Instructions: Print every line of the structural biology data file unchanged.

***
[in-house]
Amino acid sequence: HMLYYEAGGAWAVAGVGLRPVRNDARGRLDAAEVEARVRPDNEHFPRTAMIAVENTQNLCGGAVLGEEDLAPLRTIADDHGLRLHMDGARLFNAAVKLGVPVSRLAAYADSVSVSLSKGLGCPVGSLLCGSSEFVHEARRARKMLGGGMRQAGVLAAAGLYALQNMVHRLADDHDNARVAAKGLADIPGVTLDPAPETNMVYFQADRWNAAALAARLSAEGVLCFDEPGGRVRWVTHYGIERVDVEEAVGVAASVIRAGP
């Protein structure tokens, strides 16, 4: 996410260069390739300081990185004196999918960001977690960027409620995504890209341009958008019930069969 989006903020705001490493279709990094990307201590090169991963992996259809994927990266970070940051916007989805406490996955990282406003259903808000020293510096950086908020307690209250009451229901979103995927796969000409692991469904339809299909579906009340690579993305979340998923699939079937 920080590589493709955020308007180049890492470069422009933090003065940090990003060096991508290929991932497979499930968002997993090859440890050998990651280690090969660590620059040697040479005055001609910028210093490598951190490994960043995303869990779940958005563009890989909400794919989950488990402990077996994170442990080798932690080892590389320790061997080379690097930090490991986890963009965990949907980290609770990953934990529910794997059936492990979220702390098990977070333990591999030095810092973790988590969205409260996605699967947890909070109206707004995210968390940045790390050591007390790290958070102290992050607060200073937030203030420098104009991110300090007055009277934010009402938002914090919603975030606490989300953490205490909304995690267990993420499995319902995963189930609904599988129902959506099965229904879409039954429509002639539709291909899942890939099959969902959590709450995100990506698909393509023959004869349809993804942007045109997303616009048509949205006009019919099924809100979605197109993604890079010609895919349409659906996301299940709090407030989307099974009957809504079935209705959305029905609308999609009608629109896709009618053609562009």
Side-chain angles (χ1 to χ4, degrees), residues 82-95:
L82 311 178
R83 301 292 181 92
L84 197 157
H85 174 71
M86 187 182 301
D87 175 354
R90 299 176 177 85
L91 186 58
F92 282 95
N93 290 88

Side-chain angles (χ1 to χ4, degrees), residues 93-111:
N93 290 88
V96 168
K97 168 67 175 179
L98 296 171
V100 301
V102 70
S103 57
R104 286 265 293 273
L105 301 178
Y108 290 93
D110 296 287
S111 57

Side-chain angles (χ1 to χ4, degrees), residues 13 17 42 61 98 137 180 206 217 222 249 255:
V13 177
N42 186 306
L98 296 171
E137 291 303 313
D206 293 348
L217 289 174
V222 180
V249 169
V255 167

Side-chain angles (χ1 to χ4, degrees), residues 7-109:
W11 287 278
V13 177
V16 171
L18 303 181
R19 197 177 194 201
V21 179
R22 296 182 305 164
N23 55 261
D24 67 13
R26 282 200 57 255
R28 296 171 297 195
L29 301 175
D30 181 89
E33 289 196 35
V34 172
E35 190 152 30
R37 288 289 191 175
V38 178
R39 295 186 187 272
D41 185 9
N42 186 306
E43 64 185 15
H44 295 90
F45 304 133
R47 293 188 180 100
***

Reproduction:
[in-house]
Amino acid sequence: HMLYYEAGGAWAVAGVGLRPVRNDARGRLDAAEVEARVRPDNEHFPRTAMIAVENTQNLCGGAVLGEEDLAPLRTIADDHGLRLHMDGARLFNAAVKLGVPVSRLAAYADSVSVSLSKGLGCPVGSLLCGSSEFVHEARRARKMLGGGMRQAGVLAAAGLYALQNMVHRLADDHDNARVAAKGLADIPGVTLDPAPETNMVYFQADRWNAAALAARLSAEGVLCFDEPGGRVRWVTHYGIERVDVEEAVGVAASVIRAGP
């Protein structure tokens, strides 16, 4: 996410260069390739300081990185004196999918960001977690960027409620995504890209341009958008019930069969 989006903020705001490493279709990094990307201590090169991963992996259809994927990266970070940051916007989805406490996955990282406003259903808000020293510096950086908020307690209250009451229901979103995927796969000409692991469904339809299909579906009340690579993305979340998923699939079937 920080590589493709955020308007180049890492470069422009933090003065940090990003060096991508290929991932497979499930968002997993090859440890050998990651280690090969660590620059040697040479005055001609910028210093490598951190490994960043995303869990779940958005563009890989909400794919989950488990402990077996994170442990080798932690080892590389320790061997080379690097930090490991986890963009965990949907980290609770990953934990529910794997059936492990979220702390098990977070333990591999030095810092973790988590969205409260996605699967947890909070109206707004995210968390940045790390050591007390790290958070102290992050607060200073937030203030420098104009991110300090007055009277934010009402938002914090919603975030606490989300953490205490909304995690267990993420499995319902995963189930609904599988129902959506099965229904879409039954429509002639539709291909899942890939099959969902959590709450995100990506698909393509023959004869349809993804942007045109997303616009048509949205006009019919099924809100979605197109993604890079010609895919349409659906996301299940709090407030989307099974009957809504079935209705959305029905609308999609009608629109896709009618053609562009």
Side-chain angles (χ1 to χ4, degrees), residues 82-95:
L82 311 178
R83 301 292 181 92
L84 197 157
H85 174 71
M86 187 182 301
D87 175 354
R90 299 176 177 85
L91 186 58
F92 282 95
N93 290 88

Side-chain angles (χ1 to χ4, degrees), residues 93-111:
N93 290 88
V96 168
K97 168 67 175 179
L98 296 171
V100 301
V102 70
S103 57
R104 286 265 293 273
L105 301 178
Y108 290 93
D110 296 287
S111 57

Side-chain angles (χ1 to χ4, degrees), residues 13 17 42 61 98 137 180 206 217 222 249 255:
V13 177
N42 186 306
L98 296 171
E137 291 303 313
D206 293 348
L217 289 174
V222 180
V249 169
V255 167

Side-chain angles (χ1 to χ4, degrees), residues 7-109:
W11 287 278
V13 177
V16 171
L18 303 181
R19 197 177 194 201
V21 179
R22 296 182 305 164
N23 55 261
D24 67 13
R26 282 200 57 255
R28 296 171 297 195
L29 301 175
D30 181 89
E33 289 196 35
V34 172
E35 190 152 30
R37 288 289 191 175
V38 178
R39 295 186 187 272
D41 185 9
N42 186 306
E43 64 185 15
H44 295 90
F45 304 133
R47 293 188 180 100